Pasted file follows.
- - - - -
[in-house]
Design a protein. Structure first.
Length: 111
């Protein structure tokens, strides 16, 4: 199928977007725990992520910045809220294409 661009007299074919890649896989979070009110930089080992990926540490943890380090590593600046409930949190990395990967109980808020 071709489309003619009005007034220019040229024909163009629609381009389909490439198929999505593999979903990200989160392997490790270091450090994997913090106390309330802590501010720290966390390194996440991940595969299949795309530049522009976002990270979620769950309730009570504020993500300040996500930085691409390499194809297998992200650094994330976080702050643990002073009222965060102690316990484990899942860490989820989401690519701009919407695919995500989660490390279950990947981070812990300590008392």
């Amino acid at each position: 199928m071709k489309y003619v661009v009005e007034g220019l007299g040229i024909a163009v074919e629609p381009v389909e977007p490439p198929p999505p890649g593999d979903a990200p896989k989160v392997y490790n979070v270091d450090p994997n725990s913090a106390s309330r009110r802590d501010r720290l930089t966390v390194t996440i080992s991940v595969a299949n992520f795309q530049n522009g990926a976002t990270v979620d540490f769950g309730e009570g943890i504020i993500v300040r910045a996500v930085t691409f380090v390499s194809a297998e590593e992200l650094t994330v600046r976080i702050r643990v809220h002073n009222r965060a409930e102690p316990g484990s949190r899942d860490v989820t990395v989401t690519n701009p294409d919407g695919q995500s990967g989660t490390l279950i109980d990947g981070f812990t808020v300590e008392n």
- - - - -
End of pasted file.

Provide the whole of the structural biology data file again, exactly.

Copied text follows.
[in-house]
Design a protein. Structure first.
Length: 111
């Protein structure tokens, strides 16, 4: 199928977007725990992520910045809220294409 661009007299074919890649896989979070009110930089080992990926540490943890380090590593600046409930949190990395990967109980808020 071709489309003619009005007034220019040229024909163009629609381009389909490439198929999505593999979903990200989160392997490790270091450090994997913090106390309330802590501010720290966390390194996440991940595969299949795309530049522009976002990270979620769950309730009570504020993500300040996500930085691409390499194809297998992200650094994330976080702050643990002073009222965060102690316990484990899942860490989820989401690519701009919407695919995500989660490390279950990947981070812990300590008392």
């Amino acid at each position: 199928m071709k489309y003619v661009v009005e007034g220019l007299g040229i024909a163009v074919e629609p381009v389909e977007p490439p198929p999505p890649g593999d979903a990200p896989k989160v392997y490790n979070v270091d450090p994997n725990s913090a106390s309330r009110r802590d501010r720290l930089t966390v390194t996440i080992s991940v595969a299949n992520f795309q530049n522009g990926a976002t990270v979620d540490f769950g309730e009570g943890i504020i993500v300040r910045a996500v930085t691409f380090v390499s194809a297998e590593e992200l650094t994330v600046r976080i702050r643990v809220h002073n009222r965060a409930e102690p316990g484990s949190r899942d860490v989820t990395v989401t690519n701009p294409d919407g695919q995500s990967g989660t490390l279950i109980d990947g981070f812990t808020v300590e008392n």